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Chapter 16: Writing JavaScript for Domino Applications

Chapter 16: Writing JavaScript for Domino Applications

By Deborah Penny

[Note: Due to the length of Chapter 16 (70+ pages), we are including sections on Functions and Objects to illustrate its content. Chapter 16 covers JavaScript fundamentals, and is followed by Chapter 17, Real World JavaScript Examples, which has many chunks of code, including 20 useful utilities. Utility 5, validateDate() is included at the end of this document.]

In this chapter

  • What Is JavaScript?

  • JavaScript Is Not Java

  • JavaScript and the Domino IDE

  • The Document Object Model

  • JavaScript Support in Domino 6

  • When to Use JavaScript

  • A Look at JavaScript in Domino

  • JavaScript Libraries in Domino

  • JavaScript Principles 101

  • Syntax and Command Blocks

  • Statements

  • Output

  • Functions

  • Input Validation

  • Calculations

  • JavaScript Application

With the explosion of the World Wide Web in recent years, Web applications have become more interactive and users have become more demanding. This is quite different from the text-based newsgroups and FTP sites first served up by educational institution mainframes years ago. Technology and the Internet have certainly come a long way in two decades. With the onset of the Internet, several new programming languages came about, with JavaScript being one of them. Today JavaScript has not only become a frequently used buzzword by Internet-savvy users, but it also is now a scripting must among Internet developers. JavaScript is definitely a great asset to Web development and is now even more entwined in the Integrated Development Environment (IDE) in Domino 6.

This chapter gives you some background on JavaScript, details on its integration into Domino, and gets you started with JavaScript programming basics. Chapter 17, "Real-World JavaScript Examples," provides some great examples on real uses for JavaScript in Domino. Let's get started.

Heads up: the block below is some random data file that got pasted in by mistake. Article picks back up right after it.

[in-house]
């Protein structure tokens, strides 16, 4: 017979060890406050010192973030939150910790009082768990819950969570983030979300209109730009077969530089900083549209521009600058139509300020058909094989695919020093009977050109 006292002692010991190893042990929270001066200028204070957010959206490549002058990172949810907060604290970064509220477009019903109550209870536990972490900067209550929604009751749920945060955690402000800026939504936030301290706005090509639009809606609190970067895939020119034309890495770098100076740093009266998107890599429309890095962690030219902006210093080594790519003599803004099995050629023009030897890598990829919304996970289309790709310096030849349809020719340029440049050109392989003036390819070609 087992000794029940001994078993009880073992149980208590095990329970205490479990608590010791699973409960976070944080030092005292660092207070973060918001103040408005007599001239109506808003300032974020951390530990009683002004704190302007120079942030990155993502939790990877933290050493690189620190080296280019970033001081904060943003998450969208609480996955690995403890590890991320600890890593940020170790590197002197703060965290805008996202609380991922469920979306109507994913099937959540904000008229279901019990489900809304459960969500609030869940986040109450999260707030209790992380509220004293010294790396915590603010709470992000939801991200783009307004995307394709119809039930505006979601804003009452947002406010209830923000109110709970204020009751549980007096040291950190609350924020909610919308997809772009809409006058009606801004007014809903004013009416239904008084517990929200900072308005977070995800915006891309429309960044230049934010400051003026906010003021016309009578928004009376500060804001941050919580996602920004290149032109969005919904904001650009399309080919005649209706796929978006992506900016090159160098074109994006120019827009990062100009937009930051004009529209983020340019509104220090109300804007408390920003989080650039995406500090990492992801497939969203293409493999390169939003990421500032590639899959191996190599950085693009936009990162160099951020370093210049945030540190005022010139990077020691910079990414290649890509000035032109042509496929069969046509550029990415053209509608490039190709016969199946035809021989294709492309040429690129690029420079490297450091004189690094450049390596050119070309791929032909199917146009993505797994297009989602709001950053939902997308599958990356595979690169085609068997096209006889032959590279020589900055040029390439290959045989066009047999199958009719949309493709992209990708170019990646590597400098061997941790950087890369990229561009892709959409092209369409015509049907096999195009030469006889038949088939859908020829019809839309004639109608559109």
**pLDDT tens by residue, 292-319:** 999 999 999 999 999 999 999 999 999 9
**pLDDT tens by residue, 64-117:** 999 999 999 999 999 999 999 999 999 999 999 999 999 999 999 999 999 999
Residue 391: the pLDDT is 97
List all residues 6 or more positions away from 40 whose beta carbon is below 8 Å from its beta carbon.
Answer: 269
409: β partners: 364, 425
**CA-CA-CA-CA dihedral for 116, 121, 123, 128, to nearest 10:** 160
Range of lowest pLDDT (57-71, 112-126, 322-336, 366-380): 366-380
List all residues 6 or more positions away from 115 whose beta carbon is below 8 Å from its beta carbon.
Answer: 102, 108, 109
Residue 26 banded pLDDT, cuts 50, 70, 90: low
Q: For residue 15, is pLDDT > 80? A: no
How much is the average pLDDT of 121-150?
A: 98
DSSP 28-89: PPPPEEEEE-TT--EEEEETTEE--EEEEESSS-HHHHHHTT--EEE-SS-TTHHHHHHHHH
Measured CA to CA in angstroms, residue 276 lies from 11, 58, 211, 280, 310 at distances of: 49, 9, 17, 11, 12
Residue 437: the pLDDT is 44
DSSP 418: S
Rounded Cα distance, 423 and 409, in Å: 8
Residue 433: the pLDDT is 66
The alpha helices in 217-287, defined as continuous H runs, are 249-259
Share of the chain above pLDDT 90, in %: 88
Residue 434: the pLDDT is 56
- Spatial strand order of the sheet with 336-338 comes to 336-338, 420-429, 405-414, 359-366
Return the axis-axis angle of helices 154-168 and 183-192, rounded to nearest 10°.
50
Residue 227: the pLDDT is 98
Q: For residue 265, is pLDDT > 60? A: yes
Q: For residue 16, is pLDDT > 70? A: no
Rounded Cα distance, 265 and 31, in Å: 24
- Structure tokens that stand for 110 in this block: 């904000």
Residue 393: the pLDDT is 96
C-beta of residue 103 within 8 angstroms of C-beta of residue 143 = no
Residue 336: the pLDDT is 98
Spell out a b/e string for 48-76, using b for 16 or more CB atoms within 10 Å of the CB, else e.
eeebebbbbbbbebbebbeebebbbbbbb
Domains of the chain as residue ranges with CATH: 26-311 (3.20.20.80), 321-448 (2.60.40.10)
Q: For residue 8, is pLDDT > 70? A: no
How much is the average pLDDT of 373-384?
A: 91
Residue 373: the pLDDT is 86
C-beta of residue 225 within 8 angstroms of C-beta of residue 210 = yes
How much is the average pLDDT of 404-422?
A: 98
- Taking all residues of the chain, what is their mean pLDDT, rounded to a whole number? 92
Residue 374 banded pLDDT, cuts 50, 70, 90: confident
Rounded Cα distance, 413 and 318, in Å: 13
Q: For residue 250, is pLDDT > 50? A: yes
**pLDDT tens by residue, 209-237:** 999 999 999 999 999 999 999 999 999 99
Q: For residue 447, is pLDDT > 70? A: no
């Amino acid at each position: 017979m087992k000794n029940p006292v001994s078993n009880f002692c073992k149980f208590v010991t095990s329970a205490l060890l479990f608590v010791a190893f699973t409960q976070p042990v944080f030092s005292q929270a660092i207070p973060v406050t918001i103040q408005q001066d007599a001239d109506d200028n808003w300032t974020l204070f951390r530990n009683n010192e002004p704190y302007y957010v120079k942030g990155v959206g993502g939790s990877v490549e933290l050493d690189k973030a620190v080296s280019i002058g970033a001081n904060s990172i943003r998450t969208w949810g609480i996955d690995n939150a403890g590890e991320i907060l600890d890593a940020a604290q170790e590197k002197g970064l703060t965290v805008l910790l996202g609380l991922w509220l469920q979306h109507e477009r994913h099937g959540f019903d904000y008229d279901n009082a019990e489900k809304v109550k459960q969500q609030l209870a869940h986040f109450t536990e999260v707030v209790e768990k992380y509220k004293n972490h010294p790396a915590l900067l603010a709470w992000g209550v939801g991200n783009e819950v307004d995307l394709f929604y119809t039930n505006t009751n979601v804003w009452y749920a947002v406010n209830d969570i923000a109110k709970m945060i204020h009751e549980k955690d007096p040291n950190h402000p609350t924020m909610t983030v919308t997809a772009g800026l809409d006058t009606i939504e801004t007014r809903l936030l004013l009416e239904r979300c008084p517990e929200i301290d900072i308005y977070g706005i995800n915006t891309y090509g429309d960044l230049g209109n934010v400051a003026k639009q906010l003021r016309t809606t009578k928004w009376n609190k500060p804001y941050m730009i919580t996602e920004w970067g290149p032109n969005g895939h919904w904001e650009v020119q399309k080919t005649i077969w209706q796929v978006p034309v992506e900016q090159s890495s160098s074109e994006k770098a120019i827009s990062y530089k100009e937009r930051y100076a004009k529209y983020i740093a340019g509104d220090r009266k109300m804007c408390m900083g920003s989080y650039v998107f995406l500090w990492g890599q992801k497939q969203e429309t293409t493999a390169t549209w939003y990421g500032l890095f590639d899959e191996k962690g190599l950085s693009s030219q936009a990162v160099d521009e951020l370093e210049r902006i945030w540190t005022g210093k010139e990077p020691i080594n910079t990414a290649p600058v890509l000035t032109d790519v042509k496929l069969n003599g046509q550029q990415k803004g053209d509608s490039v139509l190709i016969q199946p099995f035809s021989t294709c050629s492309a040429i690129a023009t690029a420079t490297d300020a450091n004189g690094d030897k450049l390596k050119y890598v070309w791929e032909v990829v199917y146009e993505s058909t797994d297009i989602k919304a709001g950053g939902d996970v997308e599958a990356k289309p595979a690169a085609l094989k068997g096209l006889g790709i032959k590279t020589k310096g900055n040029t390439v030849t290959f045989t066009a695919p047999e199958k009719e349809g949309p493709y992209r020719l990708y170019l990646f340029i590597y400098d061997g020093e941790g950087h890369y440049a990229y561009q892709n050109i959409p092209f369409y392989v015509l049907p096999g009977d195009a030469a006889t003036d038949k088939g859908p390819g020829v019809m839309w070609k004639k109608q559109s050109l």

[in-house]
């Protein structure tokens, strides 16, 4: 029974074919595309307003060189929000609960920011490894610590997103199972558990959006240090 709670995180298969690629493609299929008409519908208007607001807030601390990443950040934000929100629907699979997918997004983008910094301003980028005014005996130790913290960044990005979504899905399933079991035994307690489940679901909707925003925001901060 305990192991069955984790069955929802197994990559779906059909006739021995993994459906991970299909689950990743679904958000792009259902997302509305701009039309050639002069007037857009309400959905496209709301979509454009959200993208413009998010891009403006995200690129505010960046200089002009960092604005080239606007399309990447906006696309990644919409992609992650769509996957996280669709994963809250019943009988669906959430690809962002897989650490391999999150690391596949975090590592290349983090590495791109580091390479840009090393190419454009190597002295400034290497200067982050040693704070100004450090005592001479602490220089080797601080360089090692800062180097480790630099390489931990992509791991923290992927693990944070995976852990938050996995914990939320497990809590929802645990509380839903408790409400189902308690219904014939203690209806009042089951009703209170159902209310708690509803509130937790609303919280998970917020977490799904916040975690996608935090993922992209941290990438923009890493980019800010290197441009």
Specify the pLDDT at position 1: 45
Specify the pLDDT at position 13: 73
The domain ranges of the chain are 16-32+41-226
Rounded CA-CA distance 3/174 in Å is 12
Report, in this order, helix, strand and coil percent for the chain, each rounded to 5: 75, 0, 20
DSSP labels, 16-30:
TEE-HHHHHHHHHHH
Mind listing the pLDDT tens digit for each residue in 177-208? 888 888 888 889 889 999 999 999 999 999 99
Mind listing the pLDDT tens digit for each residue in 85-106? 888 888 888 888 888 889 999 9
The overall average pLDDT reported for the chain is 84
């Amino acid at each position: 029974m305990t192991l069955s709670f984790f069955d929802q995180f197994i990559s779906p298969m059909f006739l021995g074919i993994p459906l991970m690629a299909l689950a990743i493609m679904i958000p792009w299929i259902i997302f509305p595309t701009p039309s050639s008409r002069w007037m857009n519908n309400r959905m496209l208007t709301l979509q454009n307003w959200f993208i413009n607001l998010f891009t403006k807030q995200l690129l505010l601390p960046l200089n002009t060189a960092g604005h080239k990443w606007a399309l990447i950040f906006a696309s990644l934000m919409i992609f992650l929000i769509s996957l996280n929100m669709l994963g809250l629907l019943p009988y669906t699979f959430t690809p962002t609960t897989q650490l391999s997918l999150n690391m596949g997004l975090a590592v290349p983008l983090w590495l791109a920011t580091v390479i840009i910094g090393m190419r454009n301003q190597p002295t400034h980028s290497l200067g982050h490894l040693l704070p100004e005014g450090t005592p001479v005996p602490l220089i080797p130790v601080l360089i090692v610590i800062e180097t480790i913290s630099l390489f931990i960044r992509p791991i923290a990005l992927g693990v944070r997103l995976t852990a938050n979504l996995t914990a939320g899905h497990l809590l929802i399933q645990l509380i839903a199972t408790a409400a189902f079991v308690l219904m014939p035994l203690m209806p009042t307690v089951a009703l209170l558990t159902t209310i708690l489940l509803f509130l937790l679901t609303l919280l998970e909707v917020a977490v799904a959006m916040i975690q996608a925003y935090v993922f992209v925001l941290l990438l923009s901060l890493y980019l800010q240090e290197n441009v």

Functions

Functions are similar to methods but are not adjoined to a given base object. They offer the ability for programmers to group together many lines of code, or code blocks, to perform specific tasks so that they can be used repeatedly throughout the program. JavaScript already has some built-in functions, such as eval(), parseInt(), and parseFloat(), that you may already be familiar with. In many cases, however, programmers need to also define their own functions to supplement the built-in JavaScript functions. JavaScript offers this capability and flexibility.

Defining Functions

A function is declared by name and is invoked by calling its name in code. It is used in a block statement by using the reserved word function:

function functionname(parameter, arguments) { 
command block 
}

Function-naming conventions follow the same rules as variables:

  • Are case sensitive

  • Can include underscores

  • Must begin with a letter

The list of arguments passed to a function is separated by a comma and is always enclosed in parentheses. To execute a function, it must be called. Just defining it does not mean that it will be executed.

Parameters

Parameters are used to pass data into a function and are used to return data from a function. Some functions return a value, whereas others just perform a task. In the following example, the statusbar() function uses the message parameter to pass data into the function:

function statusbar(message) {
   window.status = message;
   return true;
}
function statusbaroff() {
   window.status = "";
   return true;
}

The function is then called in the onFocus event of a field on a form:

statusbar("Enter the company name for this customer.");

When a user places the cursor in a field, the message is passed as the argument and is then displayed on the user's status bar. Figure 16.15 shows how the code looks from inside the JS Header:

Figure 16.15
The statusbar function inside the JS Header event.

Figure 16.16 shows the JavaScript calling the function in the onFocus event of a field.

Figure 16.16
The statusbar function inside a field's onFocus event.

Another way to pass arguments to a function is to set a global variable:

var favcolor = prompt("What is your favorite color?", "Blue");
function printcolor(favcolor) {
document.write("<HR>Your favorite color is <B><I>");
document.write(favcolor);
document.write("/B></I><HR>");
}

Here's how to call the function in an event:

printcolor(favcolor)


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